Though many members of the UVA community believe 1970 to be the date coeducation began at the University, over 15,000 women had earned professional, graduate, or undergraduate degrees and an equal or greater number had earned diplomas or certificates prior to 1970. 1970 was indeed the year that the College of Arts and Sciences and other undergraduate programs formally became coeducational, but lesser known to many is the extent to which women had already been studying at the University since 1880, active members of its intellectual life.
"The University of Virginia is a man’s University. It was founded as a man’s University and it has obtained a high history as such. Its history, its traditions, its system of government are all founded on the teaching of men for the teaching of men." - UVA alumnus, 1914
Significantly, on January 12th, 1920, the Board of Visitors (BOV) at the University formally agreed to admit white women as degree-seeking students into the graduate and professional schools:
"RESOLVED by the Rector and Visitors of the University of Virginia, That beginning with the session opening in September 1920, mature and properly qualified women be admitted to the graduate and professional schools of the University, subject to such rules and regulations as may be adopted by the Board…" - Meeting Minutes, 1/12/1920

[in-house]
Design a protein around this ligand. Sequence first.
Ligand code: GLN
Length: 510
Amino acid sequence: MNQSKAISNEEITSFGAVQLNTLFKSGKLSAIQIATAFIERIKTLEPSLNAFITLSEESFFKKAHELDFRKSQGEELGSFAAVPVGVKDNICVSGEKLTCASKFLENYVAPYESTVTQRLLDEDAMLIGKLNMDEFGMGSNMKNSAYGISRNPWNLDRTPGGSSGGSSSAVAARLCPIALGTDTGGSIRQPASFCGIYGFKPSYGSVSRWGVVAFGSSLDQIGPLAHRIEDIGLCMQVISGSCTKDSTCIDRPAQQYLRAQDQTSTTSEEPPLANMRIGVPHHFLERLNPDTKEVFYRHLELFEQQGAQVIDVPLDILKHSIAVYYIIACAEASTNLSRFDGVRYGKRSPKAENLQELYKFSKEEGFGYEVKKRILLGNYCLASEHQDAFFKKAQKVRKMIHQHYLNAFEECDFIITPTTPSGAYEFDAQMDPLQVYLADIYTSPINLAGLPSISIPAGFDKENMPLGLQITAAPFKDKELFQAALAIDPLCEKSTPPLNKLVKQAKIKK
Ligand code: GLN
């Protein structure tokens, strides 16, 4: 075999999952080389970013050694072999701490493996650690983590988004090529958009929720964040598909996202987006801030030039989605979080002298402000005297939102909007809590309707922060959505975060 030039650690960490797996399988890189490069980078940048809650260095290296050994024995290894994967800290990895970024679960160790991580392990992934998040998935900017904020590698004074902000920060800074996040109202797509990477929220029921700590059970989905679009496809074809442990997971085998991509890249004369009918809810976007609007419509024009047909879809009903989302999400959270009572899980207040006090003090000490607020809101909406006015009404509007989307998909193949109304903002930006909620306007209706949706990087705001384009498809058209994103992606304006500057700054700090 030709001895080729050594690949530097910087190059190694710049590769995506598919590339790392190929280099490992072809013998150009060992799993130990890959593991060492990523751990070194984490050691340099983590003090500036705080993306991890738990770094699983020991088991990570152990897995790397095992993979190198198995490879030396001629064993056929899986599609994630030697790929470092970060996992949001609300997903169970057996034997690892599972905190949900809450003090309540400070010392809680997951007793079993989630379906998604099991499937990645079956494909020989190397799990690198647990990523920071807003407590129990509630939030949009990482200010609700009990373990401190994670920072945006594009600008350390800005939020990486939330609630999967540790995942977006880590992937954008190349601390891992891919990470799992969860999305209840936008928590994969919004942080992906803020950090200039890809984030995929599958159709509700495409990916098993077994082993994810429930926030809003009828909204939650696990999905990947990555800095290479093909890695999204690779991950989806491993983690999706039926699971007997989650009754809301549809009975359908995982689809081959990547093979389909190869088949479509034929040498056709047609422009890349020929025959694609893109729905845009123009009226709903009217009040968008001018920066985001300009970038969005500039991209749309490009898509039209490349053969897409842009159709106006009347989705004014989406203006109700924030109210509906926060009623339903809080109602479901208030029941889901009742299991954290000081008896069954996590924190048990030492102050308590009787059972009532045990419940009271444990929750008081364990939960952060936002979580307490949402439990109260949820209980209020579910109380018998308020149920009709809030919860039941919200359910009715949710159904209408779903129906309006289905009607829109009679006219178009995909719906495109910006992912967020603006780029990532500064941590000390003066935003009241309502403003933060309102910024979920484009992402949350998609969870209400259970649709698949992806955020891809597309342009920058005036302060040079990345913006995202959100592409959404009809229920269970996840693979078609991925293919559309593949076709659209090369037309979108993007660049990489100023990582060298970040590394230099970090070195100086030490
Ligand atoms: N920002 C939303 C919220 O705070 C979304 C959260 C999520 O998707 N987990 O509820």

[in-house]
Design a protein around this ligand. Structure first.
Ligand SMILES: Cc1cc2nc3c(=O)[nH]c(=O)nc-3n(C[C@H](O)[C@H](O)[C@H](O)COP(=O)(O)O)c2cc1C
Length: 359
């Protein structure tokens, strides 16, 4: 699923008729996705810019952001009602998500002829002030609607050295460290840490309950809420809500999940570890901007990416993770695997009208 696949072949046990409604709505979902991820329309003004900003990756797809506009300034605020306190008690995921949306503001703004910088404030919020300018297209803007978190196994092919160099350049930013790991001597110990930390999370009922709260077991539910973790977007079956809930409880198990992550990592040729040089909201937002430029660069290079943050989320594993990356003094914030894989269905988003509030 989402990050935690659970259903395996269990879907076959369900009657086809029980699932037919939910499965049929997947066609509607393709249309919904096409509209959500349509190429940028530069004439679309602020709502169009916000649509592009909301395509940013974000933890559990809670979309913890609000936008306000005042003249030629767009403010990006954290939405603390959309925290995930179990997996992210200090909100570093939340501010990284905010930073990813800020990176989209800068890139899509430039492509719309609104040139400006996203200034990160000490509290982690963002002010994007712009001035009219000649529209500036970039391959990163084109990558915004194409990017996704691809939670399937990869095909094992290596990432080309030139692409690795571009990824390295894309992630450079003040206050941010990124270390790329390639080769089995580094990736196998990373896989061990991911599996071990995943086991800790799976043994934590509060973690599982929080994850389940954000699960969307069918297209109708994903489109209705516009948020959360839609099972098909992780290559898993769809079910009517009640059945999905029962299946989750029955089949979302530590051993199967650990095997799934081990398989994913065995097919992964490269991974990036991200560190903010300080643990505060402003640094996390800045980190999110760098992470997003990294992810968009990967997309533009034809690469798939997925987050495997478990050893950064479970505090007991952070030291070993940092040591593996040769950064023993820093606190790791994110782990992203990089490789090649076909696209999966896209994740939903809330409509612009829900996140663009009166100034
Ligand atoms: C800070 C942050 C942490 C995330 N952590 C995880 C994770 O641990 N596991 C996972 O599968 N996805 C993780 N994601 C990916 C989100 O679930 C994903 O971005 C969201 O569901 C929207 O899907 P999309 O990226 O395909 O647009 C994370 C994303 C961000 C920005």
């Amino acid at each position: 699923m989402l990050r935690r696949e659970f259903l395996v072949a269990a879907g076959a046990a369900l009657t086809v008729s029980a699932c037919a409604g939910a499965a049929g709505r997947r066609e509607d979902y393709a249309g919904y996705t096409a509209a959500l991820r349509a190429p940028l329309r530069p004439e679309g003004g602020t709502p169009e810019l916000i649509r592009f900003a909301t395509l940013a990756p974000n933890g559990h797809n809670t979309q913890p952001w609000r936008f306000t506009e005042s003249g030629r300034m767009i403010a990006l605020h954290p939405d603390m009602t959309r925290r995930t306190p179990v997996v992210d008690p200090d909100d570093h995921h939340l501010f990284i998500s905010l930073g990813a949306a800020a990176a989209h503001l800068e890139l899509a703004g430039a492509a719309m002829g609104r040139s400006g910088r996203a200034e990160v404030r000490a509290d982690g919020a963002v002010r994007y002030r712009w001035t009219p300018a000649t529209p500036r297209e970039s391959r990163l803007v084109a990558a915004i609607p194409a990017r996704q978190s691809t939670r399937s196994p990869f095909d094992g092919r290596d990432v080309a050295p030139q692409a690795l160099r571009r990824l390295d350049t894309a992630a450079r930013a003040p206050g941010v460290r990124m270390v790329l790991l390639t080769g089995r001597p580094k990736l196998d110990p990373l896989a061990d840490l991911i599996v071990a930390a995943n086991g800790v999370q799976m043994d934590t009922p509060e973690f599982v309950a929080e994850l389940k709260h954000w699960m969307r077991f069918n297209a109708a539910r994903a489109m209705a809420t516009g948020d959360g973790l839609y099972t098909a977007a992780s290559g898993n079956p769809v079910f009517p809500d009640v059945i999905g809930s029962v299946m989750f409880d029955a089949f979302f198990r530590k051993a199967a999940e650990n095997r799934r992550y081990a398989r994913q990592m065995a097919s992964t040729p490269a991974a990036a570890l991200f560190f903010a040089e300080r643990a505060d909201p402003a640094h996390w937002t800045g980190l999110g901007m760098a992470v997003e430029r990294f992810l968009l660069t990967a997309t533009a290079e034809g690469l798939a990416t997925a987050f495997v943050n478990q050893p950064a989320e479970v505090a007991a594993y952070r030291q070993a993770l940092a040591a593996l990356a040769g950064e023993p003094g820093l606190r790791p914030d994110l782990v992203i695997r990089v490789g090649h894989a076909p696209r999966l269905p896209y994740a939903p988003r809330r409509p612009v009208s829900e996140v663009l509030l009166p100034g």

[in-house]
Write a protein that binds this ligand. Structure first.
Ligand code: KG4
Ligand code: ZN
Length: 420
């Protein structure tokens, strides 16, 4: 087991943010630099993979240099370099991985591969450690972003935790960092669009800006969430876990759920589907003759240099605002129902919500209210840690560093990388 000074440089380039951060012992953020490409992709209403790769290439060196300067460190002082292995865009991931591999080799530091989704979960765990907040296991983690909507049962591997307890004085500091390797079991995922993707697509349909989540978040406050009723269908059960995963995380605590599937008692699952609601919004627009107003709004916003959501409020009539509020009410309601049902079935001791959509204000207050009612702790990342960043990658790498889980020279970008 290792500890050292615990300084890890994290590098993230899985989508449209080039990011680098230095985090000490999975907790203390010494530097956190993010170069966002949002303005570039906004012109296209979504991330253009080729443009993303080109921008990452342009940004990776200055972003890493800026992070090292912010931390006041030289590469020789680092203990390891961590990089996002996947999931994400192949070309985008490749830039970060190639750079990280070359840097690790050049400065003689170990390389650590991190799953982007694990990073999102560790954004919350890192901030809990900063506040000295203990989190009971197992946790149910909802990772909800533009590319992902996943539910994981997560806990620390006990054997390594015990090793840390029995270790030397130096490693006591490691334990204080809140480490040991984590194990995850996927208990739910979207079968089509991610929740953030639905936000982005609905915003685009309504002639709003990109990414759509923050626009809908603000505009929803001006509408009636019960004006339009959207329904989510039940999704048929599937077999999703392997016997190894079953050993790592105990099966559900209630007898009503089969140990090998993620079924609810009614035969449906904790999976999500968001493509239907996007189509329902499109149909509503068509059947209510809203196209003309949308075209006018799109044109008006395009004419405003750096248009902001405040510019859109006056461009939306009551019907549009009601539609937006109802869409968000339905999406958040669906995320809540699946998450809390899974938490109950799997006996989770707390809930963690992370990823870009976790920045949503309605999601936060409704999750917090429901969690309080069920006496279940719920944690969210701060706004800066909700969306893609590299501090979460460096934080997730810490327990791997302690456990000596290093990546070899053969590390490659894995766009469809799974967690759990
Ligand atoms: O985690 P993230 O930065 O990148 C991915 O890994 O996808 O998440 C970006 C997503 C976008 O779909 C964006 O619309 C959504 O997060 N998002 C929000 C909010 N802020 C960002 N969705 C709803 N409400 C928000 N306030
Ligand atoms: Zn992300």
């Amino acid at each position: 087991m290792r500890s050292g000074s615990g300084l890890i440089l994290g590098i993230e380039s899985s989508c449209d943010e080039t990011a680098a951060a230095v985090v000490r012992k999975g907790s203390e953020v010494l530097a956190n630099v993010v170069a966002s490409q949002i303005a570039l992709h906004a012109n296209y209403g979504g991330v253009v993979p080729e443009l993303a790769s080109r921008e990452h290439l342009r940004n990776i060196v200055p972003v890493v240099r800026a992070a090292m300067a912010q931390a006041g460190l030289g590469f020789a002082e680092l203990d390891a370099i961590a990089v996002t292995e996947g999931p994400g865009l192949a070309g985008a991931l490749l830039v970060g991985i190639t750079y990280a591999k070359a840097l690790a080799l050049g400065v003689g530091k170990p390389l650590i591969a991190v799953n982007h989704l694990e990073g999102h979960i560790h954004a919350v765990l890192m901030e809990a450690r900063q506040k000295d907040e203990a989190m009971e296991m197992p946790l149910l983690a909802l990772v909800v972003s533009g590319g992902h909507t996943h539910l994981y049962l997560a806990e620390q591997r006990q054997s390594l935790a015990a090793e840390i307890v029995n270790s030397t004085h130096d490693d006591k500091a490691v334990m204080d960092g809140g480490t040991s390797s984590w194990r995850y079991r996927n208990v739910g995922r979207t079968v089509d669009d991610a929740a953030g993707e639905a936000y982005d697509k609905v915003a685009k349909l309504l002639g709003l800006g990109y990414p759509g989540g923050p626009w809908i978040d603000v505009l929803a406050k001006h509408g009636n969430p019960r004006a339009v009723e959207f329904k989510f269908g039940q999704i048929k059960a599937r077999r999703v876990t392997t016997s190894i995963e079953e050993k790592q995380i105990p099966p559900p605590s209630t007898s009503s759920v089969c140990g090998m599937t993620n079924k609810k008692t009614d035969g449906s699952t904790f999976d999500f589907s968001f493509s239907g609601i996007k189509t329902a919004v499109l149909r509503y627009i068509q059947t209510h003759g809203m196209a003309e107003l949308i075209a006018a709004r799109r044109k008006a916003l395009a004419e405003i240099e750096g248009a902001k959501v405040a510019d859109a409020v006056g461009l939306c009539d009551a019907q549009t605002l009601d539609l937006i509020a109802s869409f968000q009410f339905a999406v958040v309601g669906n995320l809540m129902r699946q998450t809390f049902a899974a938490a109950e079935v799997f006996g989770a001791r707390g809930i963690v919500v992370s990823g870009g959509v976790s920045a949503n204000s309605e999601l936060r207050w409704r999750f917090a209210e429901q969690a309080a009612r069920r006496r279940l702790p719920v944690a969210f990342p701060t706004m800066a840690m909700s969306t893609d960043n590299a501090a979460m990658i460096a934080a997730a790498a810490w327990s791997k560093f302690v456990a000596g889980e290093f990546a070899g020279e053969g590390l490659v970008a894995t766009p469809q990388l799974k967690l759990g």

In the Fall of 1920, 21 women enrolled in the graduate and professional schools, pioneering a new role for women in the University structure.
This tour focuses largely on the years between 1920 and 1970 and draws heavily upon quotes from women students themselves, particularly those who participated in the University-supported 1998 survey of UVA women alumnae, led by Professor Emerita Phyllis Leffler and digitized by The Institute for Public History. The survey results underscore both the strength of women students in navigating a male-dominated environment and the very real struggles they faced: some women recall their UVA experience with reverence and joy; others poignantly remember discrimination and the anger such treatment evoked; many attempt to reconcile both sets of feelings. Here, women alumnae retell their own history at the University of Virginia.